Hematology Case Study

866 Words 4 Pages
Hematology Assignment 1
Name: Asenaca Matameli
Student ID: s160177
Hematology Case 3-2
Answers:
1) Fred G, the 22 year old white man has leukocytosis as his White blood cell (WBC) count is increased (16.5×10^9/L) as shown in the Complete Blood Count results. This raises the intuition of blunt trauma and it is also an initial marker of injury along with physical exam. Leukocytosis in trauma is however due to neutrophilia as seen in this patient having a high neutrophil count. Increased in neutrophils can be best explained by neutrophil margination. This event of leukocytosis only last a short period of time. Also, Red blood cell (RBC) count is low (4.77×10^12/L) as a result of internal hemorrhage. (1)

2) a) The drop of about 30g/L of Hemoglobin
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b) The hemoglobin measurement taken shortly after the injury is not a true reflection of the actual hemoglobin level if there is rapid blood loss. This is due to the time taken for the plasma level to equilibrate. (1)

4) a) The size of the Red blood cells is determined by the Mean corpuscular volume (MCV) level. Since, this patient has acute bleeding the loss is actually from blood that is already in the circulation. Thus, his peripheral blood film within the first 24hours would be normocytic normochromic with normal red blood cell indices which may include a normal MCV, mean corpuscular hemoglobin (MCH), and mean corpuscular hemoglobin concentration (MCHC). However, MCV and MCH may decreases under chronic condition of anemia such as that of Iron deficiency anemia (IDA). (3)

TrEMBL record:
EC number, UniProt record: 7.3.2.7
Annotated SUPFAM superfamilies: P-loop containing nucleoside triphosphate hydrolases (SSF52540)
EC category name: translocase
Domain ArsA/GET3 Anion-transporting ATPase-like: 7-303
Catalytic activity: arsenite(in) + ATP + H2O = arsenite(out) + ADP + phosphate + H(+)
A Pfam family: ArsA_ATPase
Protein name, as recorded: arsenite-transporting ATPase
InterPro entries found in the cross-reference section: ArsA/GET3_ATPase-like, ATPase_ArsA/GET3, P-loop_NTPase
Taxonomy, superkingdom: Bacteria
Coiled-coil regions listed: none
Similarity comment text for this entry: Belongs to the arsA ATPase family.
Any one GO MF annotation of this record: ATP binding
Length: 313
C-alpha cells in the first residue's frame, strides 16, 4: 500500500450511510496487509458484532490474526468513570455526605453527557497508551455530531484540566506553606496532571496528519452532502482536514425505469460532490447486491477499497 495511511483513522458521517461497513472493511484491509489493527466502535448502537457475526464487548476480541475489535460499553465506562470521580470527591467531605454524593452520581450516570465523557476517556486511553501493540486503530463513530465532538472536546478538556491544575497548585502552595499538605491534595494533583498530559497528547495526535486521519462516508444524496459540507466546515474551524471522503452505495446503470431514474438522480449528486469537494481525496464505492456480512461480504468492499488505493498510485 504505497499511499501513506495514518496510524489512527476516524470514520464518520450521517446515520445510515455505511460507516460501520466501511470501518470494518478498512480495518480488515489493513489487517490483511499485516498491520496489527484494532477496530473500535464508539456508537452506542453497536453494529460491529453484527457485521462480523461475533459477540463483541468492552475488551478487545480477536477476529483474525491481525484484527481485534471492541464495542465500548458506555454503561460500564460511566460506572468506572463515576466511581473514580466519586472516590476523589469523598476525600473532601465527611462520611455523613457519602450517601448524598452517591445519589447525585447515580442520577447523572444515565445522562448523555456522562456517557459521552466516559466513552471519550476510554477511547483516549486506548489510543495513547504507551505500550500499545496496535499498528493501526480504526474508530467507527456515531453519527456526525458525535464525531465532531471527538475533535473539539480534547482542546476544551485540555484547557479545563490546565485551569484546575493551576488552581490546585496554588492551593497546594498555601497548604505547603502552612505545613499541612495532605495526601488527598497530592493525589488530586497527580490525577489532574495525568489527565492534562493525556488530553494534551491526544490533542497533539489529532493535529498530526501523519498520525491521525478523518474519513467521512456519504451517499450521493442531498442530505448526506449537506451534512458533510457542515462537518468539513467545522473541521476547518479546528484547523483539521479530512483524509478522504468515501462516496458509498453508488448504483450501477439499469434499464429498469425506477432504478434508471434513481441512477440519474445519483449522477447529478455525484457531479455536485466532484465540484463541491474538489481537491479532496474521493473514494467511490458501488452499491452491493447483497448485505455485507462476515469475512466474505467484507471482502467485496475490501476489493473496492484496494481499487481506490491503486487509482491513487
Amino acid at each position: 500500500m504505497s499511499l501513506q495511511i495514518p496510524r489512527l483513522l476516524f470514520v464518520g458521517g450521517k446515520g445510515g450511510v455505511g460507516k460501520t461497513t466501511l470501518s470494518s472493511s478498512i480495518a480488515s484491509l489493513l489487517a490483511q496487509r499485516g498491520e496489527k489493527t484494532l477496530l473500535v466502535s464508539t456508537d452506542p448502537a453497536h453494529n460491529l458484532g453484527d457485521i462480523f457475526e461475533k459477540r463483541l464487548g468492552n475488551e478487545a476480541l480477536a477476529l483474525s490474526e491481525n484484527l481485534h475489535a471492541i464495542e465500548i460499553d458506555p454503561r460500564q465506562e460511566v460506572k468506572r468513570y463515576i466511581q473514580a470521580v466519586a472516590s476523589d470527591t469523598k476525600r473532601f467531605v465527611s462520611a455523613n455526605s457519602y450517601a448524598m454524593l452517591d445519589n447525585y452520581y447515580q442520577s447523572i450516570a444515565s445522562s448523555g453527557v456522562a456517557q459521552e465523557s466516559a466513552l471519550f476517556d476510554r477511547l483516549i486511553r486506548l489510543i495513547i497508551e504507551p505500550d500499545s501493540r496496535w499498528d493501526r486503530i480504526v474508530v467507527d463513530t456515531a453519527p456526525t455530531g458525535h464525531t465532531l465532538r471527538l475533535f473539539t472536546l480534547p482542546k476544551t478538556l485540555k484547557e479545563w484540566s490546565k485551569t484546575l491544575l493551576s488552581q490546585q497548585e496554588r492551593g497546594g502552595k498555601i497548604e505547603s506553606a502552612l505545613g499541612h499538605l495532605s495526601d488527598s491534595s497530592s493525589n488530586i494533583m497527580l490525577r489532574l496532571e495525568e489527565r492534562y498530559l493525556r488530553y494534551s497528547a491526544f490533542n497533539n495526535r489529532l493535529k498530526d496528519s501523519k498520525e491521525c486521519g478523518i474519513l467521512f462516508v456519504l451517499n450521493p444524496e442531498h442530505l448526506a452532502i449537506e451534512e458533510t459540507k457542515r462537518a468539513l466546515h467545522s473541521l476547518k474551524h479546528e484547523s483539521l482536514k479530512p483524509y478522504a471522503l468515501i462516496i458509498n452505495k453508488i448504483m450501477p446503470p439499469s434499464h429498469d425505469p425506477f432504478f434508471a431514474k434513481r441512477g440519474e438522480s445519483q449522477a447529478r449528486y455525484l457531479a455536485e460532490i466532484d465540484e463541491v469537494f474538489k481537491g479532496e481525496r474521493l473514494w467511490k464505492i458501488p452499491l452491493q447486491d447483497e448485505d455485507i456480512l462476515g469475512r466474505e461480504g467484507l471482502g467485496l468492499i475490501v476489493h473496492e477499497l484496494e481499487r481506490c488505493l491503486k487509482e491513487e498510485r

b) Chronic hemorrhage would result in iron deficiency thus red blood cells will morphologically be microcytic hypochromic. Both mean corpuscular volume (MCV) and mean corpuscular hemoglobin (MCH) would be relatively low. (3)

5) a) Fred’s mean corpuscular volume (MCV) would be decreased and since there is lower level of hemoglobin, his mean corpuscular hemoglobin (MCH) would also be low. However, his red cell distribution width (RDW) will be increased.
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Rodak's hematology : Clinical principles and applications. 5th ed. Saint Louis: Saunders; 2015:286. http://replace-me/ebraryid=11073954

2) Lahsaee SM, Ghaffaripour S, Hejr H. The effect of routine maintenance intravenous therapy on hemoglobin concentration and hematocrit during anesthesia in adults. Bulletin of emergency and trauma. 2013;1(3):102-107. http://www.ncbi.nlm.nih.gov/pubmed/27162835

3) Turgeon ML. Clinical hematology : Theory and procedures. 4th ed. United States: A Wolters Kluwer company; 1999:117. http://catalog.hathitrust.org/Record/004025688

4) Kristi S. Lively, DVM, DABVP. Primary and secondary polycythemia. . 2011.

5) Luks AM, Swenson ER. Travel to high altitude with pre-existing lung disease. European Respiratory Journal. 2007;29(4):770-792. http://erj.ersjournals.com/cgi/content/abstract/29/4/770. doi: 10.1183/09031936.00052606.

6) Christensen CC, Ryg MS, Kare Refvem O, Henning Skjonsberg O. Effect of hypobaric hypoxia on blood gases in patients with restrictive lung disease. European Respiratory Journal. 2002;20(2):300-305. http://erj.ersjournals.com/cgi/content/abstract/20/2/300. doi:

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